NASHVILLE – From finding ways to help others cope to sheltering in place to canceling events, here’s a look at some of the ways the entertainment industry is reacting to the spread of the coronavirus, which most people recover from but can cause severe illness in the elderly and those with preexisting medical conditions.
TAYLOR SWIFT SENDING MONEY TO FANS
Taylor Swift is helping fill the blank space where incomes have gone for several of her fans. Some have gotten thousands of dollars from the “Lover” and “1989” hit maker.
One fan, Holly Turner, got a cash infusion from Swift after the freelance music photographer and graphic designer wrote on Tumblr that her livelihood was threatened and she was considering whether to leave New York City.
Swift sent $3,000 and wrote, “Holly, you’ve always been there for me. I want to be there for you right now. I hope this helps. Love, Taylor.” Turner was understandably shocked. Swift “literally single-handedly saved my ability to stay here. I cannot even believe my eyes right now,” Turner wrote.
Swift also sent $3,000 to another fan who was stressed about bills piling up, prompting this response from the grateful recipient: “This beautiful magical unbelievable human. I don’t even know where to begin.”
‘OUR COUNTRY’ LINEUP ANNOUNCED
The Academy of Country Music announced an all-star list of performers for its an at-home country music special that is airing on CBS on April 5, in lieu of its delayed awards show. Shania Twain, Blake Shelton and Gwen Stefani, Miranda Lambert, Keith Urban, Carrie Underwood and Eric Church are among 23 performers that will be featured in “ACM Presents: Our Country.”
The ACMs delayed the scheduled awards show to Sept. 16, which will be hosted by Urban.
Other stars who will be performing at home for the special include Kelsea Ballerini, Dierks Bentley, Kane Brown and John Legend, Luke Bryan, Brandi Carlile, Luke Combs, Sheryl Crow, Florida Georgia Line, Lady Antebellum, Little Big Town, Tim McGraw, Old Dominion, Brad Paisley and Darius Rucker and Thomas Rhett.
The show will also feature a tribute to the late country legend Kenny Rogers, who died March 20, by Bryan, Paisley and Rucker.
BROADWAY MOURNS ANOTHER LOSS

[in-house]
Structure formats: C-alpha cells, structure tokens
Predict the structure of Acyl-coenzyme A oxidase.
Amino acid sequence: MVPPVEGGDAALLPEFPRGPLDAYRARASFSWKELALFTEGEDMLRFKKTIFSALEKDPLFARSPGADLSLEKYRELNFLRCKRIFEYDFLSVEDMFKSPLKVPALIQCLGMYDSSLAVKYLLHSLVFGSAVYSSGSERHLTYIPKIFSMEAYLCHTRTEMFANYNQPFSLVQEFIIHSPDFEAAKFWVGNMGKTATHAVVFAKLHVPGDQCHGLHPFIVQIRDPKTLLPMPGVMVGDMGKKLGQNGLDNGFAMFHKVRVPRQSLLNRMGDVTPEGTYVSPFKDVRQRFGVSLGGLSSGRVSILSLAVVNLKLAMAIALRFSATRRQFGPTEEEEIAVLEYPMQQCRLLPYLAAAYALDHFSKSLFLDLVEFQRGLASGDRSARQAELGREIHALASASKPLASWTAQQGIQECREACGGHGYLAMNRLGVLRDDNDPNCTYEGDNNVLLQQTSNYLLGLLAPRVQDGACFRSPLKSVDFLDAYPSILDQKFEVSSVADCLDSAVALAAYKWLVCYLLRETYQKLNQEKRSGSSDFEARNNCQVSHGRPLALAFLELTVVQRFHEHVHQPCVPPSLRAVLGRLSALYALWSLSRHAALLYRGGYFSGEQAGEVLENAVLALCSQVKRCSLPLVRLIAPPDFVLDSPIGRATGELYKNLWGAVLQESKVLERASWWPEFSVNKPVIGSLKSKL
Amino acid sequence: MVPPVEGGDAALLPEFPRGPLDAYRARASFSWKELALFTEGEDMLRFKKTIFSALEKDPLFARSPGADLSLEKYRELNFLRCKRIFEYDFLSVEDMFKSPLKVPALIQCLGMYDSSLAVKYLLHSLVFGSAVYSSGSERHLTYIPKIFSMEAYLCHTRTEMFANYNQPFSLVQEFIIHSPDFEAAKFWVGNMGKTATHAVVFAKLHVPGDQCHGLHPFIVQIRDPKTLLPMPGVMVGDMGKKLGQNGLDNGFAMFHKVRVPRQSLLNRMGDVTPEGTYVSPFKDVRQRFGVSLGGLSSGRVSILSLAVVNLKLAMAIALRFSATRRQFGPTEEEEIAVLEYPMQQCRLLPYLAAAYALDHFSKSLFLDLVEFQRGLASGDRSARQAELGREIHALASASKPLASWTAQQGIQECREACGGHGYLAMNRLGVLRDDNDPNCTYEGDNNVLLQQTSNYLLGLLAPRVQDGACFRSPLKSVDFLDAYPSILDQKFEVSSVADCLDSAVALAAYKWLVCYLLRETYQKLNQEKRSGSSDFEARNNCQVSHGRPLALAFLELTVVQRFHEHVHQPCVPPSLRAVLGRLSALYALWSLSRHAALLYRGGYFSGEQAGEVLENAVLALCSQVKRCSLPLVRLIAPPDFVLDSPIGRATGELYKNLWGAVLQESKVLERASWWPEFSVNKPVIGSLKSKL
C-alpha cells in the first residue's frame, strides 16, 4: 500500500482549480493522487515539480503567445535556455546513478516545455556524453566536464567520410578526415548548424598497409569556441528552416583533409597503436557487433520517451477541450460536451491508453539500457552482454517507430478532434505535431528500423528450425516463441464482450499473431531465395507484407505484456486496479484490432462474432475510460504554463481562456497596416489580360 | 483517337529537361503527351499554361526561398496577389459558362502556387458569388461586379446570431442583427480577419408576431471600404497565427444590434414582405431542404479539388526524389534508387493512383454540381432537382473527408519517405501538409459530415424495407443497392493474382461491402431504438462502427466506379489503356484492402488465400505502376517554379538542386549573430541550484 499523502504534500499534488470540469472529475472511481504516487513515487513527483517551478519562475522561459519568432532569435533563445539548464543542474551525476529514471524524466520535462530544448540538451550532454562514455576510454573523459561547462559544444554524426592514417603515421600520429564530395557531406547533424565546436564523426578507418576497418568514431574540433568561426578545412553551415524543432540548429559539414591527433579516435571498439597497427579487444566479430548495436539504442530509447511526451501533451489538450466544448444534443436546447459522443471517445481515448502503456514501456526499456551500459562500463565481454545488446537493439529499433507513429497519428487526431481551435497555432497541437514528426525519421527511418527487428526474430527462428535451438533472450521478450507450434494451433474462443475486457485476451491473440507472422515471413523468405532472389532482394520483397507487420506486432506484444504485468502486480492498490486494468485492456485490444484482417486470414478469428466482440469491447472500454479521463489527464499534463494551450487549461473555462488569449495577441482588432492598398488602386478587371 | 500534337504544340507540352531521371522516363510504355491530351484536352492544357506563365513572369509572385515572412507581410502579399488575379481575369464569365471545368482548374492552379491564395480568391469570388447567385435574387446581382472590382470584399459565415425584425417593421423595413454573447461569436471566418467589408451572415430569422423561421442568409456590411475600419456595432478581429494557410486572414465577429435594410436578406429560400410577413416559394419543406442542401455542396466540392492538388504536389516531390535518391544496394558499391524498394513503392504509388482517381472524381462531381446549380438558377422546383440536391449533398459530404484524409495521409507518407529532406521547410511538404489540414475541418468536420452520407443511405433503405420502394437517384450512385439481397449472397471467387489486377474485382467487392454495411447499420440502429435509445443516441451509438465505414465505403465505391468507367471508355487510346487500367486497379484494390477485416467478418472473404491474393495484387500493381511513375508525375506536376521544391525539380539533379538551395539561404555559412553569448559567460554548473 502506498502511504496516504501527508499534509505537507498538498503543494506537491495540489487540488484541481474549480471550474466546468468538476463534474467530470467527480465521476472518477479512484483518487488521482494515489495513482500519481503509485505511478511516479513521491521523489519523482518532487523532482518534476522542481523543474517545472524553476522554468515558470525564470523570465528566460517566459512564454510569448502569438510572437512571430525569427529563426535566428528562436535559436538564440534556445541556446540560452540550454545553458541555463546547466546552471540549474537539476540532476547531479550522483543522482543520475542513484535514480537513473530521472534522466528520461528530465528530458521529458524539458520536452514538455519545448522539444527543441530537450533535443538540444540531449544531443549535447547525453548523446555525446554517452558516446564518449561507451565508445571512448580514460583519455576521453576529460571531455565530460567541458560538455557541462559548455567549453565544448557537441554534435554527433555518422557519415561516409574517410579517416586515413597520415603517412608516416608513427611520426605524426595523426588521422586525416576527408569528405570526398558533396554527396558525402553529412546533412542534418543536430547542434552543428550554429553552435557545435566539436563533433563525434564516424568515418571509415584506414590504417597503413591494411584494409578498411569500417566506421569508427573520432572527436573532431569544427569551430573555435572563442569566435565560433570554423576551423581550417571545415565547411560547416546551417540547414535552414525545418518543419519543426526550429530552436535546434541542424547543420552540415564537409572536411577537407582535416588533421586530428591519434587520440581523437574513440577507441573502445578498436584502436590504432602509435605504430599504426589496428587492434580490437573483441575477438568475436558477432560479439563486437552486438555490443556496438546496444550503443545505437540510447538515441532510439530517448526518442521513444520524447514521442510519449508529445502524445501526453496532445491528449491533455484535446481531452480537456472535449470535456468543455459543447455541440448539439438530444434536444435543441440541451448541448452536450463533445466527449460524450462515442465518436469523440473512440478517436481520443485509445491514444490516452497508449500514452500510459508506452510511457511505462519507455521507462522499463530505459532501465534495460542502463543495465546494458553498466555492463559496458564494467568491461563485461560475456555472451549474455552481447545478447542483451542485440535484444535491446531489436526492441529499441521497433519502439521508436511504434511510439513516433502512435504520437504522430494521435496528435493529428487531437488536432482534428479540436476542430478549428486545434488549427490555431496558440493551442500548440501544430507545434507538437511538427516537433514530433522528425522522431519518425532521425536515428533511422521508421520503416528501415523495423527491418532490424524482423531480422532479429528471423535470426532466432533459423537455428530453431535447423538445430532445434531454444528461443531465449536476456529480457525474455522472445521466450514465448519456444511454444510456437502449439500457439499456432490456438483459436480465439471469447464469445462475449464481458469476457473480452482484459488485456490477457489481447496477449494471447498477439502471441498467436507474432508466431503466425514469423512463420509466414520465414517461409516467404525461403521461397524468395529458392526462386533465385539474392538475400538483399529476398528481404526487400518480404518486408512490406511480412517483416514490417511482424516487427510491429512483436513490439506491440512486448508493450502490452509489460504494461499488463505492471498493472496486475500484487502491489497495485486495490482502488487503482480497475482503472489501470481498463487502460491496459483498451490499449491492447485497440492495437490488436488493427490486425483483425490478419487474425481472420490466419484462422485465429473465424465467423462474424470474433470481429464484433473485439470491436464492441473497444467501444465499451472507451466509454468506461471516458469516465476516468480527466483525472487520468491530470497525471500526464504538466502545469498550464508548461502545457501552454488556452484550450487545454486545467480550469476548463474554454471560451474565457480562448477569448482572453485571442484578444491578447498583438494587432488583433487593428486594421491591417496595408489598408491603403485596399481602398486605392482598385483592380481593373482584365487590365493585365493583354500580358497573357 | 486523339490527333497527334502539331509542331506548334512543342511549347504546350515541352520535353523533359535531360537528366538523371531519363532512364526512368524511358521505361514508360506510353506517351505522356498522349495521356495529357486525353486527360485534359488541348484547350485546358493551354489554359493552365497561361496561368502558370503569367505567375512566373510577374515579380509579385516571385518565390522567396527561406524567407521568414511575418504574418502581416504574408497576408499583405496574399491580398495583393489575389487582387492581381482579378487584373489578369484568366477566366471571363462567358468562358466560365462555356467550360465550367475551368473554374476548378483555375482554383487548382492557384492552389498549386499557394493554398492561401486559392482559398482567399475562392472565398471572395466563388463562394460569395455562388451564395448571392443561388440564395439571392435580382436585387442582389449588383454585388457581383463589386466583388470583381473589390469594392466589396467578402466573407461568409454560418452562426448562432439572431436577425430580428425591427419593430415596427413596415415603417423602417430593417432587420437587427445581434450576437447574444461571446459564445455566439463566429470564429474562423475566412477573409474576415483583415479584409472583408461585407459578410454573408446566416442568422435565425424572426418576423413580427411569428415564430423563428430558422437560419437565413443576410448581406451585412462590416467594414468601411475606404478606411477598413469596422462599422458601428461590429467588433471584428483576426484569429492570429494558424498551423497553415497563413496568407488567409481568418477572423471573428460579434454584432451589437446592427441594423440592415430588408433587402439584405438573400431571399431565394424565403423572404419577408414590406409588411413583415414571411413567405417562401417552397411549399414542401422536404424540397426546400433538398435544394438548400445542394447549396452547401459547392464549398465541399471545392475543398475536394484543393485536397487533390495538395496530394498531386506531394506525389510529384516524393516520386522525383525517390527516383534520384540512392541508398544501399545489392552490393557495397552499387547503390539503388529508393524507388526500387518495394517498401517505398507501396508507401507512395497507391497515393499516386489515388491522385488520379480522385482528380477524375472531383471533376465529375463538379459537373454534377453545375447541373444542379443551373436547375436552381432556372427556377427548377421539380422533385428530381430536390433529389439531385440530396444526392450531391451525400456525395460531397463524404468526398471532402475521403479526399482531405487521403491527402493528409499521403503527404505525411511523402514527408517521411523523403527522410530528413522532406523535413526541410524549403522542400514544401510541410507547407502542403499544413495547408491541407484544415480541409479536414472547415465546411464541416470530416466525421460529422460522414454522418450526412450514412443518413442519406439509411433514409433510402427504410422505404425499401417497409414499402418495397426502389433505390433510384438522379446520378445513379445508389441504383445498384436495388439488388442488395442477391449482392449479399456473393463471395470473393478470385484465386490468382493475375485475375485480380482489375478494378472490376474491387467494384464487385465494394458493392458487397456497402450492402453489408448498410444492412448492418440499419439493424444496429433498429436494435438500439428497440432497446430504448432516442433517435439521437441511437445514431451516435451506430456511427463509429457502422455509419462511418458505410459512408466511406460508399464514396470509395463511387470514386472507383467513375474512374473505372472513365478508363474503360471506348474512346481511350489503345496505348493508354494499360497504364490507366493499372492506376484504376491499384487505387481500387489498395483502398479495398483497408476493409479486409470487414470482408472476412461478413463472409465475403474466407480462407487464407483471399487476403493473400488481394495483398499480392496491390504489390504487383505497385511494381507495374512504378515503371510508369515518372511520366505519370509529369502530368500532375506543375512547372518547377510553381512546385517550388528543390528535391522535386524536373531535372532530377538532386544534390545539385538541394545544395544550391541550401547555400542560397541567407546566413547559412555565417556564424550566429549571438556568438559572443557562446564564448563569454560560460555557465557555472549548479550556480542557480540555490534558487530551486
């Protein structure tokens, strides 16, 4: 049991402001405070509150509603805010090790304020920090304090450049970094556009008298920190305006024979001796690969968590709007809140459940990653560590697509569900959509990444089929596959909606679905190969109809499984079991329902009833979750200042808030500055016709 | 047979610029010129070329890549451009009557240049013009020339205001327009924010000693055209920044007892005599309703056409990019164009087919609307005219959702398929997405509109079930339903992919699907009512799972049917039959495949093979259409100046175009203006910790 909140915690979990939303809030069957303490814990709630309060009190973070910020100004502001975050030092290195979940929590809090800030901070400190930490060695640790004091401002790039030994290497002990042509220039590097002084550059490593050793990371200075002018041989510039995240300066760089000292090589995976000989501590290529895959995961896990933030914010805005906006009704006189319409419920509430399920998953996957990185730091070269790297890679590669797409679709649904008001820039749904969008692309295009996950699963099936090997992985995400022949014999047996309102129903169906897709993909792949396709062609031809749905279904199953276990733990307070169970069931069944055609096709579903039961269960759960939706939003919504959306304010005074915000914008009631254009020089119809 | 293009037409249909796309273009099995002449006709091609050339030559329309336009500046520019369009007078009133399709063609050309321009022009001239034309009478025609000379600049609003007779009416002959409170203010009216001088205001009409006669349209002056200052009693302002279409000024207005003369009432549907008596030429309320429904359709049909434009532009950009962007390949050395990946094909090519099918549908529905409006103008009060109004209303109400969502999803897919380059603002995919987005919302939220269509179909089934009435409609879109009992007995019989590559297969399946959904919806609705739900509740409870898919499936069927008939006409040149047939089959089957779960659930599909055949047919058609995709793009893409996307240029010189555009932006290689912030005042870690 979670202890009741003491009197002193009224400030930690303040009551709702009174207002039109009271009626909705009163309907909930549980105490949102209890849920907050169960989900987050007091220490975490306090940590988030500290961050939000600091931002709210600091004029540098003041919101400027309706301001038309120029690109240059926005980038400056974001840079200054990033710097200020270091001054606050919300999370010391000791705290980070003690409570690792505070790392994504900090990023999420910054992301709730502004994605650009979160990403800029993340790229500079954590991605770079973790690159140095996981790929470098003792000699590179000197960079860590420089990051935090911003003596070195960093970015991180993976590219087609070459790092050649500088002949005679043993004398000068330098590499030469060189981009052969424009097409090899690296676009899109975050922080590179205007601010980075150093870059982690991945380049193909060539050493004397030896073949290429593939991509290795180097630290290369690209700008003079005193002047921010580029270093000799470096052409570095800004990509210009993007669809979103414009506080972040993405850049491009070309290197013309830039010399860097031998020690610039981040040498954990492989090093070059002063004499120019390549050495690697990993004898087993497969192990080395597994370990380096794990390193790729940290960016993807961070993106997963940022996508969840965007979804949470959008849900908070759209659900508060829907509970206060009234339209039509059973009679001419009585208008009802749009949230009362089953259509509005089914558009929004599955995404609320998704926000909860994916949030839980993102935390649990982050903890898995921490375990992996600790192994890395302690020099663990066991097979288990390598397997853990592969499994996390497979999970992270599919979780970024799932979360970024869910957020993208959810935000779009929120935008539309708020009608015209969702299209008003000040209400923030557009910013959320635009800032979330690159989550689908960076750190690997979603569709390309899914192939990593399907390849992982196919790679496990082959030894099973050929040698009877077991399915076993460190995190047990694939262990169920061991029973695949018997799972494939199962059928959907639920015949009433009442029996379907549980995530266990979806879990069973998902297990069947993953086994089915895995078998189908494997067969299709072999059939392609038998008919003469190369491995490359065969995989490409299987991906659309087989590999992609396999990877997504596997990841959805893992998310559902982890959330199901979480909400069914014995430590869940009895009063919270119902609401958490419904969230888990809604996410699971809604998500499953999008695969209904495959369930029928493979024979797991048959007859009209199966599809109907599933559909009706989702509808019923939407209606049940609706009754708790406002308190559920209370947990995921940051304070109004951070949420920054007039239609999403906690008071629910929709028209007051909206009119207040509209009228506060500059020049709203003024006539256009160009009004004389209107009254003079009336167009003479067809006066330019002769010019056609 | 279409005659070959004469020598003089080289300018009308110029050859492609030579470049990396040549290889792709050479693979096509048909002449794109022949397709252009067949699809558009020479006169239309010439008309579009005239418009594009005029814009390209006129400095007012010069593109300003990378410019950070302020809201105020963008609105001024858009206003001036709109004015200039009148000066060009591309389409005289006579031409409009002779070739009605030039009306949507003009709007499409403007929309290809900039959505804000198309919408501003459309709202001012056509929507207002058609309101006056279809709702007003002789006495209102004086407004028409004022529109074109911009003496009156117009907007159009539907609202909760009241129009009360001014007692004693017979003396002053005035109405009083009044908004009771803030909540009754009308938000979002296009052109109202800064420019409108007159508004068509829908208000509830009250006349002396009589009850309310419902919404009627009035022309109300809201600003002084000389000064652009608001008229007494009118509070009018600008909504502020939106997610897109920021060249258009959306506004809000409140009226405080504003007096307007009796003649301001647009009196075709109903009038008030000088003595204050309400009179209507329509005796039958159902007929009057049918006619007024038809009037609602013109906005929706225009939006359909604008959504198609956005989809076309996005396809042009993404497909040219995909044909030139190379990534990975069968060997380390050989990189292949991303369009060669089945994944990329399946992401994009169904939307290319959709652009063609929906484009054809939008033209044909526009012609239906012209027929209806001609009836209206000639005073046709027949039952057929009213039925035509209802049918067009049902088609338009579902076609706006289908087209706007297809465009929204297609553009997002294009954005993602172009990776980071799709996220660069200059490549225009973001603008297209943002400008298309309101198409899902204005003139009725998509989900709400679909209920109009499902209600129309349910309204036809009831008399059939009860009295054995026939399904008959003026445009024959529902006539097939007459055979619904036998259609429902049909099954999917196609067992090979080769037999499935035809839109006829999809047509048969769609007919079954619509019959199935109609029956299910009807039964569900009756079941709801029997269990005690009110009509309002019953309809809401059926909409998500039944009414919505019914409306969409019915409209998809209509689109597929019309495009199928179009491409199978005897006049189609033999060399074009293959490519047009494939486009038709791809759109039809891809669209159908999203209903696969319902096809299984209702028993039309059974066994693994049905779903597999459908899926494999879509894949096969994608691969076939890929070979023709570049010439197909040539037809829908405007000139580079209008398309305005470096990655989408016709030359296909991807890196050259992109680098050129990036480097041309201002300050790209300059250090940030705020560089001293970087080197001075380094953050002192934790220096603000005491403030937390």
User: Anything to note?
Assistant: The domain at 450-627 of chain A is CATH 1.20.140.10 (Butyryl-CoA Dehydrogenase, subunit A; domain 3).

Stage, movie and TV character actor Mark Blum, who had roles in the films “Desperately Seeking Susan” and “Crocodile Dundee,” has died from complications from the coronavirus. He was 69.
An executive with the labor union SAG-AFTRA and the off-Broadway theater company Playwrights Horizons announced the death Thursday. Blum had been a fixture off-Broadway with recent roles in Playwrights Horizons’ “Rancho Viejo” and “Fern Hill” at 59E59 Theaters. He was a SAG-AFTRA board member from 2007-2013.
“Those of us lucky enough to have known him will treasure our memories of a gifted actor, a master teacher, a loyal friend, and a beautiful human,” Rebecca Damon, SAG-AFTRA executive vice president and New York president, wrote in tribute.
Blum’s recent Broadway credits included “The Assembled Parties,” “Twelve Angry Men,” “Gore Vidal’s The Best Man” — twice — and Neil Simon’s “Lost in Yonkers.”
Blum played Rosanna Arquette’s husband in the 1985 comedy “Desperately Seeking Susan” and had a role in “Crocodile Dundee” as the newspaper editor. He was on the Amazon series “Mozart in the Jungle” and was in the Netflix crime drama “You.”
The virus has sickened some Broadway veterans, including the actors Gavin Creel, Aaron Tveit and Laura Bell Bundy and composer David Bryan. It also has claimed the life of four-time Tony-winning playwright Terrence McNally.
‘WASP’ ACTRESS WALKS BACK ‘FREEDOM’ TALK
Evangeline Lilly is apologizing for downplaying the importance of isolation amid the coronavirus outbreak.
The “Ant Man and the Wasp” and “Lost” actress had come under fire for a March 16 Instagram post in which she said she valued her freedom and was carrying on with business as usual.
In a new post Thursday, she said at the time directives were not to congregate in large groups, and she believed people were overdoing social distancing, but once those directives changed she did too.
“At the time of my Mar 16th post, the directives from the authorities here were that we not congregate in groups of more than 250ppl and that we wash our hands regularly, which we were doing,” Lilly said Thursday. “PLEASE KNOW I AM DOING MY PART TO FLATTEN THE CURVE, PRACTICING SOCIAL DISTANCING AND STAYING HOME WITH MY FAMILY,” she said emphatically in the new post.
She went on to give “special apologies to those most affected by this pandemic,” saying “I never meant to hurt you. When I wrote that post 10 days ago, I thought I was infusing calm into the hysteria. I can see now that I was projecting my own fears into an already fearful and traumatic situation.”